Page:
From director and cinematographer Isabel Darling, “Corey the Warrior” is an inspiring 3-minute look into the life of artist Corey Stewart, a young Aboriginal man who finds his passion through painting after defying the odds following a car accident that left him with a traumatic brain injury as a child.
Ahead of its screening July 9th at the Melbourne Documentary Film Festival, Darling gives us an inside look at how the film came to be and what the most rewarding and challenging aspects of working on this uplifting short doco have been.
Documentary Drive: Can you tell me how you first learned of Corey’s story and how the idea for the film came about?
Darling: The film was made as part of the ‘Createability’ grant offered by Northern Rivers Screenworks, Screen NSW & the ABC – which enables regional filmmakers in NSW to produce films about artists living with disability. I learned about Corey through my local Council and when I spoke with him and heard more details about his life and everything he’s achieved I knew he was perfect for the project. When we met he invited me into his world, showed me his artworks, and I loved the stories behind them, as well as his positive outlook on life.
Documentary Drive: The cinematography throughout the film is captivating, particularly your close-up shots of Corey’s art and paints, how many hours of footage did you capture and did you have a game plan going into production as to how you wanted the film to look and feel or did your shooting perspective and style evolve on the spot or perhaps even later while in post-production?
Darling: There was a huge emphasis on pre-production for this documentary.
There were stakeholders involved and lots of hoops to jump through, so I needed to have quite a clear idea of what I was going to create.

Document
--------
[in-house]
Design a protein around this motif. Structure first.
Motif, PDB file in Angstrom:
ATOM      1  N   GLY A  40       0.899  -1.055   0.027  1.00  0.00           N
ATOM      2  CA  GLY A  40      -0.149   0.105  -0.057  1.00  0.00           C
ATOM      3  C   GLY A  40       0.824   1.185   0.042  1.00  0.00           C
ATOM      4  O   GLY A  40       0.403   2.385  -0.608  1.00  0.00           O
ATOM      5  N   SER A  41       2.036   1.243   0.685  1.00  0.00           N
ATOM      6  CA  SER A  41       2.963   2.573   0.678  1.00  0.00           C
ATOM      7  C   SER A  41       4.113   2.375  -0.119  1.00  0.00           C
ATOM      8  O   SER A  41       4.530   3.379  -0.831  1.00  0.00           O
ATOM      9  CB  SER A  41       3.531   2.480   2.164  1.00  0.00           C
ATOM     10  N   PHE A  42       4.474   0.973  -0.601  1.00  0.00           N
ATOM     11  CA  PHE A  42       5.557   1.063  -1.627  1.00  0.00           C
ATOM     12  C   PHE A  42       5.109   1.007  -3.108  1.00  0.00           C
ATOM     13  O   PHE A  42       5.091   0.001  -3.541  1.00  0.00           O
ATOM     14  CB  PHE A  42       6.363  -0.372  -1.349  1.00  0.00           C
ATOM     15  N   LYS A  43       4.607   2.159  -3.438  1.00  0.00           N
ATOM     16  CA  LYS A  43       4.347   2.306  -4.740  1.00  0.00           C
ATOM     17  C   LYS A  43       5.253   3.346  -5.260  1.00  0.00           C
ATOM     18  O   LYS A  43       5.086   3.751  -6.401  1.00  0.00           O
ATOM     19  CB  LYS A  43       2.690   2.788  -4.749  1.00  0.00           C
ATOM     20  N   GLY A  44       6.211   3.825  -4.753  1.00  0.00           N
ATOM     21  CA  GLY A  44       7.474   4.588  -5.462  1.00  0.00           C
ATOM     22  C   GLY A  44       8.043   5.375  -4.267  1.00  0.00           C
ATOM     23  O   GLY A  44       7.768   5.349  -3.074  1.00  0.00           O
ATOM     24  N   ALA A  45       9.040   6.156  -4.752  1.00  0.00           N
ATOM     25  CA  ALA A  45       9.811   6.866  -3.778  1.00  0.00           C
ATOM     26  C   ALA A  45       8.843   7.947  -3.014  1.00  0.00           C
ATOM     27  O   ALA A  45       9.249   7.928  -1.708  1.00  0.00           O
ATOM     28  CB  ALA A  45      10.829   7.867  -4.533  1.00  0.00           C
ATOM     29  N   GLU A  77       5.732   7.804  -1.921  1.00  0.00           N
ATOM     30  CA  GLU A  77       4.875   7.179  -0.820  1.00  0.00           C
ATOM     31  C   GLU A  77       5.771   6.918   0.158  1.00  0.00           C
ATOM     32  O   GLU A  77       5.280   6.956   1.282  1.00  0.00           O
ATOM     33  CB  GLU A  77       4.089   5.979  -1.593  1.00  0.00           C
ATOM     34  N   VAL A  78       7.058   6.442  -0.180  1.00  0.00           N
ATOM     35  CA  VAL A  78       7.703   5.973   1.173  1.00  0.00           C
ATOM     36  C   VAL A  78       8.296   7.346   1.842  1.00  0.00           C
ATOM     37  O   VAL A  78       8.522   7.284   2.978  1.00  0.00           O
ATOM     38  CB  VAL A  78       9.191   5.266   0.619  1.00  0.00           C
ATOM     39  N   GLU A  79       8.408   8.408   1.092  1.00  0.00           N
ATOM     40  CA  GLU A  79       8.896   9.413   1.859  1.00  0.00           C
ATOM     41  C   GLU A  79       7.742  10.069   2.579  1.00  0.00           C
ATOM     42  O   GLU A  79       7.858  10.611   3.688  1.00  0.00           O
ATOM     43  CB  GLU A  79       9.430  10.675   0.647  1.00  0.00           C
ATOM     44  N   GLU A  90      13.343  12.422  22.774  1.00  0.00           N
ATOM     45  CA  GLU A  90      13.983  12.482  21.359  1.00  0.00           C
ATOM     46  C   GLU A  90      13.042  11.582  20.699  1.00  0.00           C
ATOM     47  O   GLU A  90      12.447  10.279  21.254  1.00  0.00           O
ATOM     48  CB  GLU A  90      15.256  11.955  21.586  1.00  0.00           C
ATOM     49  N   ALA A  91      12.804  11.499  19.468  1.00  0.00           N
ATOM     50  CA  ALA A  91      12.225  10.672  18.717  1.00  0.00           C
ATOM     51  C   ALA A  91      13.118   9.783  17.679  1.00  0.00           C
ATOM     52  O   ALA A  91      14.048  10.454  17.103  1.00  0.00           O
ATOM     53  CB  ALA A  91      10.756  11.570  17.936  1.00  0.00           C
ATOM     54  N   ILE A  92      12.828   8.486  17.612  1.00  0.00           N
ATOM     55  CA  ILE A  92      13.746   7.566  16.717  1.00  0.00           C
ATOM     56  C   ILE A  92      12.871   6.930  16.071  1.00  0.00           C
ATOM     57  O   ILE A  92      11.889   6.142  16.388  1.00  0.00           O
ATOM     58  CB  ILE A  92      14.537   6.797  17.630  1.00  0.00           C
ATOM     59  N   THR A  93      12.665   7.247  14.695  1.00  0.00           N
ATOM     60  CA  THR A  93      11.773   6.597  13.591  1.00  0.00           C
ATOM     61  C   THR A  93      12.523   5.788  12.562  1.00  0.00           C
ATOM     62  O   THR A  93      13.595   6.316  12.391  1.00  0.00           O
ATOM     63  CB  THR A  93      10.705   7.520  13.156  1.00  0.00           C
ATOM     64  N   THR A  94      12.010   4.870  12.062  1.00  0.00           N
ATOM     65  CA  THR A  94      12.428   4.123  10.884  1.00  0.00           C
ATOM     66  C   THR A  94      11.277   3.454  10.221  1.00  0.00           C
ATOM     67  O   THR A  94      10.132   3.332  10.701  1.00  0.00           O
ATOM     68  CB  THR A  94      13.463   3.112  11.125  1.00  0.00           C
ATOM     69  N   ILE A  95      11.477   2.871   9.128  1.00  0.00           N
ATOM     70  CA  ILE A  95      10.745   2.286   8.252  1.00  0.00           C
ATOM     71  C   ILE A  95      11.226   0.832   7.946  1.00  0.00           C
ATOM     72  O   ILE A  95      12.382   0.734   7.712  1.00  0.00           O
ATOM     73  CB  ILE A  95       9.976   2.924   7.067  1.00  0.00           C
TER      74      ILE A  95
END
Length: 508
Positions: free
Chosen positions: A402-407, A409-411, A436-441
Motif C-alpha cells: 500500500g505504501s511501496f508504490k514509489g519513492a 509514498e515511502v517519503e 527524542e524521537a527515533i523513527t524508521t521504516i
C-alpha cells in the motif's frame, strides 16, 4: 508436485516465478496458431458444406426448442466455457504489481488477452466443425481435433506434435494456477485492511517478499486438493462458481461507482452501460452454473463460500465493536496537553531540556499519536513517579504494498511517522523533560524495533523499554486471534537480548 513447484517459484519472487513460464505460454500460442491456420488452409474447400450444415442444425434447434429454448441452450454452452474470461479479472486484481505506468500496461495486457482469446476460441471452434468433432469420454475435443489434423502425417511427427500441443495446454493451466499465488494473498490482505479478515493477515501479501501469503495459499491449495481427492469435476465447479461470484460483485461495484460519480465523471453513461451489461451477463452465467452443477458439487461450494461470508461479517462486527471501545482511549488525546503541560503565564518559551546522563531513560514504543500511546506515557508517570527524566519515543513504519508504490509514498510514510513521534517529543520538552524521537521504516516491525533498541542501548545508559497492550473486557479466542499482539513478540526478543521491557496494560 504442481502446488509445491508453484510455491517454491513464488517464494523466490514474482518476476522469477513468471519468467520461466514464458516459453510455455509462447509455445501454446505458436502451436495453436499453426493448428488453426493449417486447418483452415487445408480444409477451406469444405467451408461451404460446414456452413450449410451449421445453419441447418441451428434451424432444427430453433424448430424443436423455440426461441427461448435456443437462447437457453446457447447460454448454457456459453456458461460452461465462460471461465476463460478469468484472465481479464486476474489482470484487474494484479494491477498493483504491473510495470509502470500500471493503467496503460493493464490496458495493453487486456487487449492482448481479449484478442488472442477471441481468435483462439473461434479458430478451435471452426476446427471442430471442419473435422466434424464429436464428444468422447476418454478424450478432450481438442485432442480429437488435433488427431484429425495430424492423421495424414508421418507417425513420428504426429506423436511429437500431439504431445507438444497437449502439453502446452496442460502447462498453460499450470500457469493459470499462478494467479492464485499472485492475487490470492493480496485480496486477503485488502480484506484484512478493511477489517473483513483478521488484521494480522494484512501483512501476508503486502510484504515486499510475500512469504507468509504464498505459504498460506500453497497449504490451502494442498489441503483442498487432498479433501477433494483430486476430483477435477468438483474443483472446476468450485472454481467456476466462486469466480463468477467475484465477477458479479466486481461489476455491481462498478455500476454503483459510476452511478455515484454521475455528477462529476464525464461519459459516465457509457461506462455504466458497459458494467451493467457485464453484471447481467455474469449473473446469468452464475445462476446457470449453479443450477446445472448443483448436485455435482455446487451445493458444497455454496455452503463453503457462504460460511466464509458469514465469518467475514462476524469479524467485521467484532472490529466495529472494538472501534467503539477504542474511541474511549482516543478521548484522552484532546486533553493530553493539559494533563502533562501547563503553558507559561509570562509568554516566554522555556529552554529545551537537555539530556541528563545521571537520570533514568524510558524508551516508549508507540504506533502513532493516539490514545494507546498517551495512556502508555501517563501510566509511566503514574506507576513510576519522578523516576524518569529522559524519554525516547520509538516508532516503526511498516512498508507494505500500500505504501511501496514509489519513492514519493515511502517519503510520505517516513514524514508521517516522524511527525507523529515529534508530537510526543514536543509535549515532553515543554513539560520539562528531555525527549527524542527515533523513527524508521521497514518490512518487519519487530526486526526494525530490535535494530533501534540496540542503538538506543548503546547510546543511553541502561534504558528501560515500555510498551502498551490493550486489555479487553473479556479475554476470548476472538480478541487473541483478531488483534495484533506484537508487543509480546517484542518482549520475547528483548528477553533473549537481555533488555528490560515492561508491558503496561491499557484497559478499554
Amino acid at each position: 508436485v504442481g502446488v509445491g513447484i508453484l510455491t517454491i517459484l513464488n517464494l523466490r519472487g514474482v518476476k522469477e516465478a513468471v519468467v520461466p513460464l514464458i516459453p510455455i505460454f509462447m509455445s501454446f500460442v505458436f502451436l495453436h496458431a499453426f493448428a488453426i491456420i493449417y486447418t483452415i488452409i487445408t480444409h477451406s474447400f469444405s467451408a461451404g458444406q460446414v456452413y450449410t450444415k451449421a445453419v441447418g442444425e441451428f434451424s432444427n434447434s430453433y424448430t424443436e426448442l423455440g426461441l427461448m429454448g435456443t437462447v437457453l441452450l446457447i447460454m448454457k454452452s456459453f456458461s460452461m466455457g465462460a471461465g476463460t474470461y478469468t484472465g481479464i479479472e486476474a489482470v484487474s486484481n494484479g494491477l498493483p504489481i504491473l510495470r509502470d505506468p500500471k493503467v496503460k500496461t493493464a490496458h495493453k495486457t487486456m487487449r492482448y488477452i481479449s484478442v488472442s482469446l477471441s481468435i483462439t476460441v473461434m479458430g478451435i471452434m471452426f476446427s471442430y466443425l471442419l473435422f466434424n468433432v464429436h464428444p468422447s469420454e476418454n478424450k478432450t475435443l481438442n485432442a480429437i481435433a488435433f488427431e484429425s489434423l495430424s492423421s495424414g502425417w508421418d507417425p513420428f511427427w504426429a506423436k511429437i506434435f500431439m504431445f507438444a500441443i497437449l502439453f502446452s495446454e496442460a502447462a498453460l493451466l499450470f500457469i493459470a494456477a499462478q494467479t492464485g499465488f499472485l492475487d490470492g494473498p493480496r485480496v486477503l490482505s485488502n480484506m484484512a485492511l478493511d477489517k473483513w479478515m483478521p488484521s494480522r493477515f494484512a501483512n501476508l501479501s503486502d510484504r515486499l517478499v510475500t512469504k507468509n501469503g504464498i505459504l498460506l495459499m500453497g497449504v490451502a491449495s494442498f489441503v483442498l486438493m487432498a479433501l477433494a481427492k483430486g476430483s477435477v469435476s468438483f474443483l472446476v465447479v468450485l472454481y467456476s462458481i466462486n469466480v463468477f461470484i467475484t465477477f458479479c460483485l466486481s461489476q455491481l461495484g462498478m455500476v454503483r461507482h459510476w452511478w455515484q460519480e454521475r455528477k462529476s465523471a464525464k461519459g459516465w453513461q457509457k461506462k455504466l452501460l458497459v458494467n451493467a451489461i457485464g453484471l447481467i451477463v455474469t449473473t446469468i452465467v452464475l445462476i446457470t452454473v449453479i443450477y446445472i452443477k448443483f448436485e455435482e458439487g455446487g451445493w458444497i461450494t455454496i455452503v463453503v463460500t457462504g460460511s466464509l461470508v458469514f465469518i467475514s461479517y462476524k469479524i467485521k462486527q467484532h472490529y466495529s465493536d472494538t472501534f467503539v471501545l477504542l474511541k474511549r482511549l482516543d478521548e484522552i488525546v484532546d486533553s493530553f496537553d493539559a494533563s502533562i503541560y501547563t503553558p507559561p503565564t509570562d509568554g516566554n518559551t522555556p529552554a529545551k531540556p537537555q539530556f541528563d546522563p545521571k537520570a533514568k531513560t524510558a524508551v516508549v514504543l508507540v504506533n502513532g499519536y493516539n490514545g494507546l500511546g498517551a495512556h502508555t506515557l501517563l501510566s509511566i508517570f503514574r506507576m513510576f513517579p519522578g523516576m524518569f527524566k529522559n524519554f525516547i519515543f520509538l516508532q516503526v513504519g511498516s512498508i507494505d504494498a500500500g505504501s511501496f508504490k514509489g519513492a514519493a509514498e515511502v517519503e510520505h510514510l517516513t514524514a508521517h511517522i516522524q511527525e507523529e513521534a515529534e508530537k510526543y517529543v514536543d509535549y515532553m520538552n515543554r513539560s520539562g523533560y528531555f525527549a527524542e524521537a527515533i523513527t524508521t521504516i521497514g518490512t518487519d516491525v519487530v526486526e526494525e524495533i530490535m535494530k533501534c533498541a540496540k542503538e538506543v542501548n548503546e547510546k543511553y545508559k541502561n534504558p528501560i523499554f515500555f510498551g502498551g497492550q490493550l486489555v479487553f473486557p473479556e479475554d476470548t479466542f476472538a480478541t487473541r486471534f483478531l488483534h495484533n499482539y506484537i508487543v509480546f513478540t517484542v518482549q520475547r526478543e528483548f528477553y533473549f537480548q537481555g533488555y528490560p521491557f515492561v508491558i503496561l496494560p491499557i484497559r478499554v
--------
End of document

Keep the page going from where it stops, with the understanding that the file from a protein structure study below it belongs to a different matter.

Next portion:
My idea was that through the film, we are on wide shots of Corey until we see him with his art and then it becomes more intimate and personal, we are in the space with him.
I had a shooting script that helped with the locked off shots, and the painting sequences were a bit more candid. I also wanted the colour blue to be dominant in the film, as Corey lives in a town that’s known for it’s spectacular blue waterways (Narooma, NSW).
We shot the film over 2 separate days, and recorded the interview at the end of it all once Corey was completely relaxed with us.
Documentary Drive: As a cinematographer who also happens to be a woman, do you have any advice for other young women out there who might be interested in pursuing careers behind the camera?
Darling: It definitely hasn’t been easy to keep up the confidence sometimes. I worked for free on so many shorts when I finished uni in Melbourne, spent a good 10 years trying different things, and was often one of the only females on set. So I think you’ve just got to keep on pushing, don’t give up, and don’t listen to anyone who says you should change careers! Personally, it’s the most creatively rewarding job there is!
Documentary Drive: What were the most challenging and rewarding aspects of making this film for you?
Darling: I had never worked with so many stakeholders before and other people who needed to sign off at every step of the process, so that was difficult, but I feel it all paid off in the end. I truly enjoyed working with Corey on this film, he really was so great to be around. We had long shooting days and Corey was tired but he persisted and worked so hard to make sure we got everything we needed and always with such a happy way of looking at things.
Making this film has definitely encouraged me to steer my work towards more documentary storytelling.
Documentary Drive: And finally, if there’s one thing you hope the Melbourne Documentary Film Festival audience takes away and remembers about “Corey the Warrior,” what would it be?
Darling: I think at the end of the day, it’s a piece on bravery and defying the odds. So I’d like people to admire Corey’s courage, and his amazing attitude towards life.
“Corey the Warrior” screens July 9th at the Melbourne Documentary Film Festival. Tickets are available through Moshtix.